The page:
Shangjing Longquanfu, the Capital of the Bohai (Parhae) State

CORONA Satellite photograph over Dongjingcheng, northeastern China.

Plan of Shangjing Longquanfu restored by Noboru Ogata using the above satellite photograph.

As we have seen, there was also a P’o-hai Inn in Teng-chou, presumably for embassies going from and to that East Manchurian kingdom. The people of P’o-hai were Tungusic ancestors of the later Manchu Emperors of China and like the Koreans were busily engaged at this time in creating a small replica of the T’ang Empire in their far northern forests.

— E. O. Reischauer, Ennin’s Travels in T’ang China, 1955, p.280.

Ennin, a Japanese Buddhist priest, traveled in China to study Buddhism from 838 AD to 847 AD. In his travel diary, he recorded that there was a Bohai Inn in Dengzhou on the coast of Shandeng Peninsula and that a trading vessel from Bohai was anchored near the coast of the peninsula.

The Bohai (Parhae in Korean) State was a kingdom that existed from 698 AD to 926 AD in the northeastern part of today’s China. It was formed by the Tungusic people in association with the refugees from Koguryo, which had fallen in 668. It actively imported Chinese culture and political systems and boasted a high standard of civilization. At a time when it was bringing tribute to China, it also dispatched many envoys to Japan across the sea. Since records of Bohai itself have been lost, we can only glimpse its prosperity, apart from the archaeological evidence, through Chinese histories and records in Japan about its envoys. Xin-Tang-shu, a history of Tang China compiled in 1060, praised Bohai as follows.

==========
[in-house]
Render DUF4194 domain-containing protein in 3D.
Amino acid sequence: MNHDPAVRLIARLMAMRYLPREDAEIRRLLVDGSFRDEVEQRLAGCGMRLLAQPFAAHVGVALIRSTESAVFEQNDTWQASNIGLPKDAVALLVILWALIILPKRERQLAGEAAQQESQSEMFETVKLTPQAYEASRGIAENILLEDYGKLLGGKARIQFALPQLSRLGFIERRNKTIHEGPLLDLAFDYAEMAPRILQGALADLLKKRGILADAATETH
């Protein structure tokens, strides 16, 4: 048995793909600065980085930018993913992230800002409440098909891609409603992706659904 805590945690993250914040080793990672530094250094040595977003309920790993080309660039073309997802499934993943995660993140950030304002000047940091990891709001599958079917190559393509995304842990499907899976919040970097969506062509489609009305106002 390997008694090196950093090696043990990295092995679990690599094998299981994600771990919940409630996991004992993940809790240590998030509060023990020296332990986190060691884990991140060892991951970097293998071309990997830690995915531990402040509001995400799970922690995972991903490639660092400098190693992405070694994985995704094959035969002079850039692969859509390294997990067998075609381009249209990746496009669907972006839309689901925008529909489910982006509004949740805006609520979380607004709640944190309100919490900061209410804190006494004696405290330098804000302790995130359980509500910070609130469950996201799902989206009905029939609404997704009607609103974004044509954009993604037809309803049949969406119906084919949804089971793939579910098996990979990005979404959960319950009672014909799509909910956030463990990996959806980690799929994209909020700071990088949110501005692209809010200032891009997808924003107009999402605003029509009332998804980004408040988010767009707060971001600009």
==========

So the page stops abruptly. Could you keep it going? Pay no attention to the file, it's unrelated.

The king (of Bohai) sent students to the College at the Capital (of China) many times and had them study the political systems of all ages. Accordingly, it became a thriving country eastward across the sea. It had five capitals, 15 provinces and 62 counties. The Northern Capital (Shangjing), located in the old territory of the Sushen tribe, was named Longquanfu and had three counties of Long, Hu and Bo as its jurisdiction (Volume 219).  

The following is the list of the five capitals mentioned in Xin-Tang-shu.

 The Five Capitals of the Bohai State  Suggested Sites
 Shangjing Lonquanfu (Northern Capital)  Ning’an, Heilongjiang, China
 Zhongjing Xiandefu (Central Capital)  Helong, Jilin, China
 Donjing Longyuanfu (Eastern Capital)  Hunchun, Jilin, China
 Nanjing Nanhaifu (Southern Capital)  Hamgyongdo, North Korea
 Xijing Yalufu (Western Capital)  Linjiang, Jilin, China

Envoys from Bohai to Japan exchanged Chinese poems with Japanese nobles, although neither were Chinese speaking people. Some of their anthologies survived in Japan.

Shangjing Longquanfu, the capital of the Bohai State, was located at today’s Dongjingcheng near Ning’an, Heilongjiang Province of China. It is known that the ruins of the capital hold the features shared by East Asian ancient cities, namely the rectangular shape, grid patterns for streets, outstanding width of the main street, and location of the palace site in the center of the city’s north side. The above satellite photograph shows these features very clearly, indicating that Shangjing was planned in the typical style of 8th century East Asia.

By Noboru Ogata, Kyoto University


Last Updated: 05/Mar/2014